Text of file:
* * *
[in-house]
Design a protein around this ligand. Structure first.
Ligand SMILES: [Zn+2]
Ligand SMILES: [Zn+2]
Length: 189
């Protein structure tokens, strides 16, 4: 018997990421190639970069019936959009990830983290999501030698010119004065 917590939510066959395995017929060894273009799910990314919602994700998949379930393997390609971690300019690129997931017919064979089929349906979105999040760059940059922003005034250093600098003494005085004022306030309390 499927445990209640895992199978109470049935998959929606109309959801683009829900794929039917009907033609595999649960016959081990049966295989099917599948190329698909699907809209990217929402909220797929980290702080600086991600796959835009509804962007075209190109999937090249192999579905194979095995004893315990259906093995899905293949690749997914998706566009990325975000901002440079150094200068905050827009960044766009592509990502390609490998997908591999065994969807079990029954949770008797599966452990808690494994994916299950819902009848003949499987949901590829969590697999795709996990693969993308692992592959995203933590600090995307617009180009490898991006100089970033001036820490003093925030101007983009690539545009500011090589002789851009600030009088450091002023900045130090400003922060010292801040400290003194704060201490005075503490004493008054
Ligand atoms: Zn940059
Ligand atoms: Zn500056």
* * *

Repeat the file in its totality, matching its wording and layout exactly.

[in-house]
Design a protein around this ligand. Structure first.
Ligand SMILES: [Zn+2]
Ligand SMILES: [Zn+2]
Length: 189
């Protein structure tokens, strides 16, 4: 018997990421190639970069019936959009990830983290999501030698010119004065 917590939510066959395995017929060894273009799910990314919602994700998949379930393997390609971690300019690129997931017919064979089929349906979105999040760059940059922003005034250093600098003494005085004022306030309390 499927445990209640895992199978109470049935998959929606109309959801683009829900794929039917009907033609595999649960016959081990049966295989099917599948190329698909699907809209990217929402909220797929980290702080600086991600796959835009509804962007075209190109999937090249192999579905194979095995004893315990259906093995899905293949690749997914998706566009990325975000901002440079150094200068905050827009960044766009592509990502390609490998997908591999065994969807079990029954949770008797599966452990808690494994994916299950819902009848003949499987949901590829969590697999795709996990693969993308692992592959995203933590600090995307617009180009490898991006100089970033001036820490003093925030101007983009690539545009500011090589002789851009600030009088450091002023900045130090400003922060010292801040400290003194704060201490005075503490004493008054
Ligand atoms: Zn940059
Ligand atoms: Zn500056």